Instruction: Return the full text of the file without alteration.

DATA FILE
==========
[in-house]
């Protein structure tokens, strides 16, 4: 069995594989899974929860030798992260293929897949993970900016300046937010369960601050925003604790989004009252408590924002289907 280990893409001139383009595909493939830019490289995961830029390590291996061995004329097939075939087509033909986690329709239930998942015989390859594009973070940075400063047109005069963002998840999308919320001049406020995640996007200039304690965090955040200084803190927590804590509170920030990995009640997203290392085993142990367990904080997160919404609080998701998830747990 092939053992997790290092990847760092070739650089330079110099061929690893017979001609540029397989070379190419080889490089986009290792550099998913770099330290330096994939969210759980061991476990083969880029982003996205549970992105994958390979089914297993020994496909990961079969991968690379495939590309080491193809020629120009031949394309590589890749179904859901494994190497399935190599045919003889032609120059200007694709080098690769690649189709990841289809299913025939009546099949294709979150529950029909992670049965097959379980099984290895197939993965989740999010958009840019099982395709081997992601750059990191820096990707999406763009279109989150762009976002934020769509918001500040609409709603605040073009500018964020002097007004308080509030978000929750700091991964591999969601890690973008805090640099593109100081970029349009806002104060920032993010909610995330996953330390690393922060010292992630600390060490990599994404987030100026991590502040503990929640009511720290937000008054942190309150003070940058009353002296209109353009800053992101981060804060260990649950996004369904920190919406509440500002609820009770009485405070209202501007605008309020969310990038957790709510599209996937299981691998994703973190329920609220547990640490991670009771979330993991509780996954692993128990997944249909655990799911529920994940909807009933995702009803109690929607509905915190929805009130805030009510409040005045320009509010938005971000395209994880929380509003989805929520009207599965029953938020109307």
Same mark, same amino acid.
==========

[in-house]
């Protein structure tokens, strides 16, 4: 069995594989899974929860030798992260293929897949993970900016300046937010369960601050925003604790989004009252408590924002289907 280990893409001139383009595909493939830019490289995961830029390590291996061995004329097939075939087509033909986690329709239930998942015989390859594009973070940075400063047109005069963002998840999308919320001049406020995640996007200039304690965090955040200084803190927590804590509170920030990995009640997203290392085993142990367990904080997160919404609080998701998830747990 092939053992997790290092990847760092070739650089330079110099061929690893017979001609540029397989070379190419080889490089986009290792550099998913770099330290330096994939969210759980061991476990083969880029982003996205549970992105994958390979089914297993020994496909990961079969991968690379495939590309080491193809020629120009031949394309590589890749179904859901494994190497399935190599045919003889032609120059200007694709080098690769690649189709990841289809299913025939009546099949294709979150529950029909992670049965097959379980099984290895197939993965989740999010958009840019099982395709081997992601750059990191820096990707999406763009279109989150762009976002934020769509918001500040609409709603605040073009500018964020002097007004308080509030978000929750700091991964591999969601890690973008805090640099593109100081970029349009806002104060920032993010909610995330996953330390690393922060010292992630600390060490990599994404987030100026991590502040503990929640009511720290937000008054942190309150003070940058009353002296209109353009800053992101981060804060260990649950996004369904920190919406509440500002609820009770009485405070209202501007605008309020969310990038957790709510599209996937299981691998994703973190329920609220547990640490991670009771979330993991509780996954692993128990997944249909655990799911529920994940909807009933995702009803109690929607509905915190929805009130805030009510409040005045320009509010938005971000395209994880929380509003989805929520009207599965029953938020109307």
Same mark, same amino acid.